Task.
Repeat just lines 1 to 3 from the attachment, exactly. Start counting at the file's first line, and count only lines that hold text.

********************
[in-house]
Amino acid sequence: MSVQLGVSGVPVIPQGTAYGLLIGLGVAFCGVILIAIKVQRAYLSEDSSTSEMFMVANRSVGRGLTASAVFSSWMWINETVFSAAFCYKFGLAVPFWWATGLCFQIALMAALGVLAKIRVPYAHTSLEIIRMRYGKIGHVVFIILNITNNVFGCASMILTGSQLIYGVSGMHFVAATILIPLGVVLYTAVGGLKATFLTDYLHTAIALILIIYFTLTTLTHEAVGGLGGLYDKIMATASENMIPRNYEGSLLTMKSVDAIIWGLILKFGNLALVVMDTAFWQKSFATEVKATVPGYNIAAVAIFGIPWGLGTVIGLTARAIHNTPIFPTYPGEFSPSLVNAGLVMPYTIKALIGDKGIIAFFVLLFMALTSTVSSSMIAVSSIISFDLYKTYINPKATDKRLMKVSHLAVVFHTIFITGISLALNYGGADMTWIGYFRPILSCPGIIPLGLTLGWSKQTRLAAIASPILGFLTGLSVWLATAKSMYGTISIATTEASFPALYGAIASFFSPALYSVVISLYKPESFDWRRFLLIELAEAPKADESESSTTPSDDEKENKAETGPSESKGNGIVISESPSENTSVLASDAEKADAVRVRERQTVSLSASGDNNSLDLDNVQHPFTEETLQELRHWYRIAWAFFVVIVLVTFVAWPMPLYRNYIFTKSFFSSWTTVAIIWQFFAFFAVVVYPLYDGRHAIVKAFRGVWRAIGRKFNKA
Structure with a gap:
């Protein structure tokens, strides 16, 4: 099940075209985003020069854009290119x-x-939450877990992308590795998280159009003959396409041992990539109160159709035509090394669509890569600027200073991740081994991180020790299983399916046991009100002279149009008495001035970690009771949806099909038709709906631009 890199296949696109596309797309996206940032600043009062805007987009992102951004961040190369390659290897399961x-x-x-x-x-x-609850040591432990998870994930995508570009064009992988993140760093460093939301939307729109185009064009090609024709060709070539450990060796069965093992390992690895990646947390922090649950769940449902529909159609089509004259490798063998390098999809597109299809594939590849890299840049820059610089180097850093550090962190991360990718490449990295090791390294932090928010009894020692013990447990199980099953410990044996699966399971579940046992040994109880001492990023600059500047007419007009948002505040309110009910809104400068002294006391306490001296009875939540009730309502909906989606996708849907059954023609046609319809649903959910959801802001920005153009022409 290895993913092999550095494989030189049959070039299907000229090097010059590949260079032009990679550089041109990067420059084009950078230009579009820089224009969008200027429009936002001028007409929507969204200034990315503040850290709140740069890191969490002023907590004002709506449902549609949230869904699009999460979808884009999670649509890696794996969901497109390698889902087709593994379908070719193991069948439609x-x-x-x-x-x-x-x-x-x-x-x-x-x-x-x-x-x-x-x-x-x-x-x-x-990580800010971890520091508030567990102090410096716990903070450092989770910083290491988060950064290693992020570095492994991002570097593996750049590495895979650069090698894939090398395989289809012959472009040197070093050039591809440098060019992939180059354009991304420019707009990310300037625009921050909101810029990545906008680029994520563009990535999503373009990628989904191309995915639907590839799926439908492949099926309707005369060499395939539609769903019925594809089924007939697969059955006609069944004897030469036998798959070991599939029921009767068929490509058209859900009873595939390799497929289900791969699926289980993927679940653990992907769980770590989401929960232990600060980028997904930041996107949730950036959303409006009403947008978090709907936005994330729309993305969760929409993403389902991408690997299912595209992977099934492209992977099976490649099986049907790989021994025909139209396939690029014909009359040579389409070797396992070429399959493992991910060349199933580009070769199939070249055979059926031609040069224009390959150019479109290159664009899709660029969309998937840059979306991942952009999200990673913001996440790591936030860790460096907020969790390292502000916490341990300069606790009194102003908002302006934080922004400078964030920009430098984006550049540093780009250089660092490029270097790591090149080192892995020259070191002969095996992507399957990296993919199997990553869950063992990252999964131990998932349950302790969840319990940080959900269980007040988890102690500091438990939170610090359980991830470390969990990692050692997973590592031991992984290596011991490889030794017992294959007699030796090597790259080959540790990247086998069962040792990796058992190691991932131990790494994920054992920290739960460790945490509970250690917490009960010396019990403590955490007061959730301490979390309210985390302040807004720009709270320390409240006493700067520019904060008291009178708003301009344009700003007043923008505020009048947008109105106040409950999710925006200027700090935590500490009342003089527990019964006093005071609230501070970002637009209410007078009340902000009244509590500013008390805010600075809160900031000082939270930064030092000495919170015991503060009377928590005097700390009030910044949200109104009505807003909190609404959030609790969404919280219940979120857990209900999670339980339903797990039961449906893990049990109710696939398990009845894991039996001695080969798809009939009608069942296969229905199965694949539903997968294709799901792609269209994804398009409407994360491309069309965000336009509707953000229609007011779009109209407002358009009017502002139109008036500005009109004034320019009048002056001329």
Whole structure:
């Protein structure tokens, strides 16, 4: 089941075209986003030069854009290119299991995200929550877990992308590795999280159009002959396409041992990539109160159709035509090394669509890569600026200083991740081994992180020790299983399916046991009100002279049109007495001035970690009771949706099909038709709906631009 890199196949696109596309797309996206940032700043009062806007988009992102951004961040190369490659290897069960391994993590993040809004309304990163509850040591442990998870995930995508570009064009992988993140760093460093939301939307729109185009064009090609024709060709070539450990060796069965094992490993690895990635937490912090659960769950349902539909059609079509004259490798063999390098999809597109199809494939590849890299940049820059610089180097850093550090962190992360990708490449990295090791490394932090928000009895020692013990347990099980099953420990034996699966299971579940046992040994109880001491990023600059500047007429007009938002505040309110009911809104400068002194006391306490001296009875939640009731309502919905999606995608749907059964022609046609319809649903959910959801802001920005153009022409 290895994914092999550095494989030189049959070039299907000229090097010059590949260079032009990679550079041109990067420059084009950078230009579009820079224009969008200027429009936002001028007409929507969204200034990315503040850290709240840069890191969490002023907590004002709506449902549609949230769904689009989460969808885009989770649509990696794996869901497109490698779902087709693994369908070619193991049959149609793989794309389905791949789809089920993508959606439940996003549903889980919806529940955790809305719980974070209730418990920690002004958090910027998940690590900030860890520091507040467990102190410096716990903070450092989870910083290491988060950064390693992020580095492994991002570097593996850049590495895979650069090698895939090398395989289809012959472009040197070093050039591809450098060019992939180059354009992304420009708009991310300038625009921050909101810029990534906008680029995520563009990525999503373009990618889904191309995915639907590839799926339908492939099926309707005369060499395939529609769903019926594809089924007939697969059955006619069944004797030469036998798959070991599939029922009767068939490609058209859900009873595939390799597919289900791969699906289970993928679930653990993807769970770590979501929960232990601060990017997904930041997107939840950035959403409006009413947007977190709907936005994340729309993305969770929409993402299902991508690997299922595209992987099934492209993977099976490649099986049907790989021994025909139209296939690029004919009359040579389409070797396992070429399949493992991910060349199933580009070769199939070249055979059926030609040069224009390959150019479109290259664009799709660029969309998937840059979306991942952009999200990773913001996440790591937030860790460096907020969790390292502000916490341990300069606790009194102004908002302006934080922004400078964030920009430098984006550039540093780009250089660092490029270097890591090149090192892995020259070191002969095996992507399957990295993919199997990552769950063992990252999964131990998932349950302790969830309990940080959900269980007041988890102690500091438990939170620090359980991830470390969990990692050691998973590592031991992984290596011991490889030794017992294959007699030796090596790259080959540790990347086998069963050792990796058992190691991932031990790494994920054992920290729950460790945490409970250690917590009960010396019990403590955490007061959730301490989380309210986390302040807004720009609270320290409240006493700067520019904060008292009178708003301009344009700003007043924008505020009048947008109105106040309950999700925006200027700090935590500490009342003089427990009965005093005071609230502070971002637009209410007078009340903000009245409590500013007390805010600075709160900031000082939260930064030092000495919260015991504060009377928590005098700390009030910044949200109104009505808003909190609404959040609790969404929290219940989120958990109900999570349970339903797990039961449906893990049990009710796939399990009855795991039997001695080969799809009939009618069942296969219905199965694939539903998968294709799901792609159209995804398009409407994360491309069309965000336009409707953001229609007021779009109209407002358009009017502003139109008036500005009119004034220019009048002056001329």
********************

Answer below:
[in-house]
Amino acid sequence: MSVQLGVSGVPVIPQGTAYGLLIGLGVAFCGVILIAIKVQRAYLSEDSSTSEMFMVANRSVGRGLTASAVFSSWMWINETVFSAAFCYKFGLAVPFWWATGLCFQIALMAALGVLAKIRVPYAHTSLEIIRMRYGKIGHVVFIILNITNNVFGCASMILTGSQLIYGVSGMHFVAATILIPLGVVLYTAVGGLKATFLTDYLHTAIALILIIYFTLTTLTHEAVGGLGGLYDKIMATASENMIPRNYEGSLLTMKSVDAIIWGLILKFGNLALVVMDTAFWQKSFATEVKATVPGYNIAAVAIFGIPWGLGTVIGLTARAIHNTPIFPTYPGEFSPSLVNAGLVMPYTIKALIGDKGIIAFFVLLFMALTSTVSSSMIAVSSIISFDLYKTYINPKATDKRLMKVSHLAVVFHTIFITGISLALNYGGADMTWIGYFRPILSCPGIIPLGLTLGWSKQTRLAAIASPILGFLTGLSVWLATAKSMYGTISIATTEASFPALYGAIASFFSPALYSVVISLYKPESFDWRRFLLIELAEAPKADESESSTTPSDDEKENKAETGPSESKGNGIVISESPSENTSVLASDAEKADAVRVRERQTVSLSASGDNNSLDLDNVQHPFTEETLQELRHWYRIAWAFFVVIVLVTFVAWPMPLYRNYIFTKSFFSSWTTVAIIWQFFAFFAVVVYPLYDGRHAIVKAFRGVWRAIGRKFNKA
Structure with a gap: